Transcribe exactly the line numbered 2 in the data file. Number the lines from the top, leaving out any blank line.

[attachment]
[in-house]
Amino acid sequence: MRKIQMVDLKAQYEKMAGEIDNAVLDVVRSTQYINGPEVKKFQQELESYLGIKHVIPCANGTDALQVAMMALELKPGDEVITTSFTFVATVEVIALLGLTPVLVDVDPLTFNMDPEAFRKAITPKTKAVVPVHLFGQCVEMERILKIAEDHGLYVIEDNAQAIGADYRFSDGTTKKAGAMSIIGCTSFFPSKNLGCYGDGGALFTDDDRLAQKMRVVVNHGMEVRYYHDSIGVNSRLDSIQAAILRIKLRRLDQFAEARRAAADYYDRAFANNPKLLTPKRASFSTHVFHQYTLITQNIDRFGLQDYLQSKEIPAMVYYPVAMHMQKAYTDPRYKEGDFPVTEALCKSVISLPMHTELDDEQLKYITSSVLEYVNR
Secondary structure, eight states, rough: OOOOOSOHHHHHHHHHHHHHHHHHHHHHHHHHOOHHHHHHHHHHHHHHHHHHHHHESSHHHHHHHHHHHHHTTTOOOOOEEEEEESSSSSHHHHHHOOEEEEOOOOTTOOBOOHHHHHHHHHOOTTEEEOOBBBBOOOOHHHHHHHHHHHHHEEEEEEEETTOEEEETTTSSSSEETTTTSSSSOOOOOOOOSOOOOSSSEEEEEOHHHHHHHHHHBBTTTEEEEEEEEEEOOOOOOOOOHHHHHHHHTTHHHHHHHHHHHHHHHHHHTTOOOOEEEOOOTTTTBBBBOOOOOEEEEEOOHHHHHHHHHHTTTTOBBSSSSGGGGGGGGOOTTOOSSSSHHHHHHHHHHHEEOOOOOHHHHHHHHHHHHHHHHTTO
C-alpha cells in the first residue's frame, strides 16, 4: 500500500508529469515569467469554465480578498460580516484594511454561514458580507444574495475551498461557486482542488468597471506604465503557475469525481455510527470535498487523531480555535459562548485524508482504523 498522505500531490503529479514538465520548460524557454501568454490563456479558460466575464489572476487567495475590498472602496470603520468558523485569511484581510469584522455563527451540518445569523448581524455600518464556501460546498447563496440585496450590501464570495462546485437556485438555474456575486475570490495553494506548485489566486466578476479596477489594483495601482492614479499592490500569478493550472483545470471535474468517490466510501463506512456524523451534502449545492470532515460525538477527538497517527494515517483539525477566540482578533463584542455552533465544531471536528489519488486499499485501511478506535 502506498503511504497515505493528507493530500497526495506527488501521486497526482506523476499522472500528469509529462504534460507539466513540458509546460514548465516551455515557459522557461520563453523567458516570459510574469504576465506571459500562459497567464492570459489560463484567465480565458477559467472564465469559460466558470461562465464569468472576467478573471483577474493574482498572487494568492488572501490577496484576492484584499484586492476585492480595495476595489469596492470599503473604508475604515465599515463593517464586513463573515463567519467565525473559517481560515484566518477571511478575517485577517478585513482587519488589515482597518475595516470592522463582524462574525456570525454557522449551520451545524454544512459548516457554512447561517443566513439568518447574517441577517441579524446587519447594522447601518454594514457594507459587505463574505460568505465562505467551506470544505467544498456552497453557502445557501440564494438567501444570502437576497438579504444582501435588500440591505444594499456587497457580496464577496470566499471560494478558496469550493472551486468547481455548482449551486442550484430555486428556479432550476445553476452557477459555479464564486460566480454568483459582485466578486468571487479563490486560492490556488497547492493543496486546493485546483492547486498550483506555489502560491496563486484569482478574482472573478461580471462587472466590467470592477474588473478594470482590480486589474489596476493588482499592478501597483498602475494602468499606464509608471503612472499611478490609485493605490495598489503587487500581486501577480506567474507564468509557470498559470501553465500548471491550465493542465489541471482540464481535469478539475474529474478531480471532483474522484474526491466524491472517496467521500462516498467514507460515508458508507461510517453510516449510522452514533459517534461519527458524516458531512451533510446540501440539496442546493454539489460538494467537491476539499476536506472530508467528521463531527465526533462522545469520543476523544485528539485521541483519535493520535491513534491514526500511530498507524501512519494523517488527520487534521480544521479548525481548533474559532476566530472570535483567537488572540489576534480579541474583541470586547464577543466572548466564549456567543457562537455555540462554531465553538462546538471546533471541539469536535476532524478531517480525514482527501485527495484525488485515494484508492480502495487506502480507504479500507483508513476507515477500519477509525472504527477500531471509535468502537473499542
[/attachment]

Amino acid sequence: MRKIQMVDLKAQYEKMAGEIDNAVLDVVRSTQYINGPEVKKFQQELESYLGIKHVIPCANGTDALQVAMMALELKPGDEVITTSFTFVATVEVIALLGLTPVLVDVDPLTFNMDPEAFRKAITPKTKAVVPVHLFGQCVEMERILKIAEDHGLYVIEDNAQAIGADYRFSDGTTKKAGAMSIIGCTSFFPSKNLGCYGDGGALFTDDDRLAQKMRVVVNHGMEVRYYHDSIGVNSRLDSIQAAILRIKLRRLDQFAEARRAAADYYDRAFANNPKLLTPKRASFSTHVFHQYTLITQNIDRFGLQDYLQSKEIPAMVYYPVAMHMQKAYTDPRYKEGDFPVTEALCKSVISLPMHTELDDEQLKYITSSVLEYVNR